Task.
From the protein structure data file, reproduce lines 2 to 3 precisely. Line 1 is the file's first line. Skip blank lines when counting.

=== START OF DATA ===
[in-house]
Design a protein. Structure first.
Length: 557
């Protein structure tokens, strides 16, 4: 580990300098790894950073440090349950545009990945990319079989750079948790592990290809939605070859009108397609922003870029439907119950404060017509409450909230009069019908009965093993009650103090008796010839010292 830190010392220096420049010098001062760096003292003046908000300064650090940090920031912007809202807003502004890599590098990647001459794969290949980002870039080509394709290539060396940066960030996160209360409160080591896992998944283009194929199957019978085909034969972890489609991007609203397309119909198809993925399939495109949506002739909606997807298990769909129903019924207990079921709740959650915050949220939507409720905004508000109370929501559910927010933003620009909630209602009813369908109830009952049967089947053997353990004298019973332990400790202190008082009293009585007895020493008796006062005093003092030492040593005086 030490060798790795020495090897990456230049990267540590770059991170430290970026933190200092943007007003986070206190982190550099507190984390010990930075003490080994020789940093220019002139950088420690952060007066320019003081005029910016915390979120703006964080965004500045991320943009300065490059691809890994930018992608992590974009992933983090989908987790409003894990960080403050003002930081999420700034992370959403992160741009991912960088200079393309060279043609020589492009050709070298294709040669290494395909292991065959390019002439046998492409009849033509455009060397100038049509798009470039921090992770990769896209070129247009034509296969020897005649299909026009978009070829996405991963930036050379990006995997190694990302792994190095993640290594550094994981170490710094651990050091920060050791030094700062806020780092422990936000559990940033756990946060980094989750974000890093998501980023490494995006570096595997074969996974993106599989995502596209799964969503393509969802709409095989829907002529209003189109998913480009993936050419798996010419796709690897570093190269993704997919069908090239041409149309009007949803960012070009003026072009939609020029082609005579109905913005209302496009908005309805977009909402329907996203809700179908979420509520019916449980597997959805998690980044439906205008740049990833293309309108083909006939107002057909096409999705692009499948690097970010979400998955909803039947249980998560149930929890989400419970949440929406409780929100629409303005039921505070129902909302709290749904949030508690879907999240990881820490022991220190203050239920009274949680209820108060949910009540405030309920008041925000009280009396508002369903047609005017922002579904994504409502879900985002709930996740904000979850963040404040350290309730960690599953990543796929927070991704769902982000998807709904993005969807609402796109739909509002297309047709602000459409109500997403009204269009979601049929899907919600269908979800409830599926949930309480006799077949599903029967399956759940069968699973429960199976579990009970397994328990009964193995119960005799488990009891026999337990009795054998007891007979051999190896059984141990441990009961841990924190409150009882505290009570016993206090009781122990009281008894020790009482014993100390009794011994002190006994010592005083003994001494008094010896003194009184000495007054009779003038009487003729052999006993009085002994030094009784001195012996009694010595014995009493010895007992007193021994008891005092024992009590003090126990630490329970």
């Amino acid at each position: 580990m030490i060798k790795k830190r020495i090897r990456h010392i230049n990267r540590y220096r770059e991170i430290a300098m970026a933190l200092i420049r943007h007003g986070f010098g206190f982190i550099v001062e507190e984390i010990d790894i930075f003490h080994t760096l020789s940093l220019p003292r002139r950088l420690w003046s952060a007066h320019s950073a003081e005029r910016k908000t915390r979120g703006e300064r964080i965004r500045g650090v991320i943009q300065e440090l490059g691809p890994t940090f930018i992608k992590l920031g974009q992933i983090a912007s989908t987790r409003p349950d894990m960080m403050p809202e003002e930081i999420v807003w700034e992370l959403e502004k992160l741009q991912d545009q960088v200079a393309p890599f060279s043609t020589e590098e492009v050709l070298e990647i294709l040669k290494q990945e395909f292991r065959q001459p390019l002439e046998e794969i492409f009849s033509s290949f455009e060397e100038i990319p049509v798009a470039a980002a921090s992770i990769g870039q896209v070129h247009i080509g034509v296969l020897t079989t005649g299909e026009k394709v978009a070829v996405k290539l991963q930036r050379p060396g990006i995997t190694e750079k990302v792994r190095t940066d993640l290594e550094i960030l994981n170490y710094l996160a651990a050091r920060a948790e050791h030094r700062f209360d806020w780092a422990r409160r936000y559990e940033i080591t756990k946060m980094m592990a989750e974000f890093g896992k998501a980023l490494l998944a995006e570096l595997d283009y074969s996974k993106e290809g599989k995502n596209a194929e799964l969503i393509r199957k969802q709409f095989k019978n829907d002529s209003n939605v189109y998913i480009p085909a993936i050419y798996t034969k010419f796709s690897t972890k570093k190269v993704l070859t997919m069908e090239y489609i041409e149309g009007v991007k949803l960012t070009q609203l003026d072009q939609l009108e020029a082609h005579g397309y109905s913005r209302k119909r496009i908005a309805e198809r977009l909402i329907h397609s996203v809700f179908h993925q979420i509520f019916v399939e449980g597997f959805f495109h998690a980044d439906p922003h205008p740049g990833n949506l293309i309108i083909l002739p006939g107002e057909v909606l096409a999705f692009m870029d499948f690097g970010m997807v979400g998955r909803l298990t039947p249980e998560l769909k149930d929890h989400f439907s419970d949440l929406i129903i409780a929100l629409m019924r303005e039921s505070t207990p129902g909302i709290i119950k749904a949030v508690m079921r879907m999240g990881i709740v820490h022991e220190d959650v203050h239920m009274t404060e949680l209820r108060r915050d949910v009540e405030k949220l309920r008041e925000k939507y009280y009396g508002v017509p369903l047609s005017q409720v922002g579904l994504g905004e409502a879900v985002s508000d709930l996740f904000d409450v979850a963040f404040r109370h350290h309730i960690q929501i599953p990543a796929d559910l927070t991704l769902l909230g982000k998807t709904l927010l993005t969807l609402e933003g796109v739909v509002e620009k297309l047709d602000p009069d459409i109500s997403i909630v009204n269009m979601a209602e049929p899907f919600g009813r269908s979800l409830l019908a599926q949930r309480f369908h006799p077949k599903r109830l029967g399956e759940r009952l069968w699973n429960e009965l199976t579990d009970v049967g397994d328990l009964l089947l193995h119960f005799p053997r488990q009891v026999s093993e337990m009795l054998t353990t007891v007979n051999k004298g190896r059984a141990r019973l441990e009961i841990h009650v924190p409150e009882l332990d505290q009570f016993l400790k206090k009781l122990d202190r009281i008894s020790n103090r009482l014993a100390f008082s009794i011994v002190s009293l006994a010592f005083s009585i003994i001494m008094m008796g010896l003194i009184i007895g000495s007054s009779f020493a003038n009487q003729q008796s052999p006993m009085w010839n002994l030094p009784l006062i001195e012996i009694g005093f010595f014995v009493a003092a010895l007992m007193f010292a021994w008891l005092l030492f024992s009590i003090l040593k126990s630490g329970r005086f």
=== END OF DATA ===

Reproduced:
Design a protein. Structure first.
Length: 557